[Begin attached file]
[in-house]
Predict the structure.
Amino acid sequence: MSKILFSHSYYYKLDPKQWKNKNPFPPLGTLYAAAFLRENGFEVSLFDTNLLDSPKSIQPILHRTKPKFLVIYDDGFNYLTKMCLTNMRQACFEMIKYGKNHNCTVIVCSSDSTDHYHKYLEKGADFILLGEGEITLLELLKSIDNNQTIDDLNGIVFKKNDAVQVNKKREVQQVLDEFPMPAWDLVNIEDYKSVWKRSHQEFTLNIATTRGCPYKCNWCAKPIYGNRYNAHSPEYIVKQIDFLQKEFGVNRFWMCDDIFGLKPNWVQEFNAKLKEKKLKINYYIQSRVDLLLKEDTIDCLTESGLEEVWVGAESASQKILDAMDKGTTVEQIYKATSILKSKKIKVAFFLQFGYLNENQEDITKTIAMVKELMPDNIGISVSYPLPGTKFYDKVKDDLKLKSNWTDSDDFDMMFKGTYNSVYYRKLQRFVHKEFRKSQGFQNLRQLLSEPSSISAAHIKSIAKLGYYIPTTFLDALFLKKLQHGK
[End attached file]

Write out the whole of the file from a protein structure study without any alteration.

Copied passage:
[in-house]
Predict the structure.
Amino acid sequence: MSKILFSHSYYYKLDPKQWKNKNPFPPLGTLYAAAFLRENGFEVSLFDTNLLDSPKSIQPILHRTKPKFLVIYDDGFNYLTKMCLTNMRQACFEMIKYGKNHNCTVIVCSSDSTDHYHKYLEKGADFILLGEGEITLLELLKSIDNNQTIDDLNGIVFKKNDAVQVNKKREVQQVLDEFPMPAWDLVNIEDYKSVWKRSHQEFTLNIATTRGCPYKCNWCAKPIYGNRYNAHSPEYIVKQIDFLQKEFGVNRFWMCDDIFGLKPNWVQEFNAKLKEKKLKINYYIQSRVDLLLKEDTIDCLTESGLEEVWVGAESASQKILDAMDKGTTVEQIYKATSILKSKKIKVAFFLQFGYLNENQEDITKTIAMVKELMPDNIGISVSYPLPGTKFYDKVKDDLKLKSNWTDSDDFDMMFKGTYNSVYYRKLQRFVHKEFRKSQGFQNLRQLLSEPSSISAAHIKSIAKLGYYIPTTFLDALFLKKLQHGK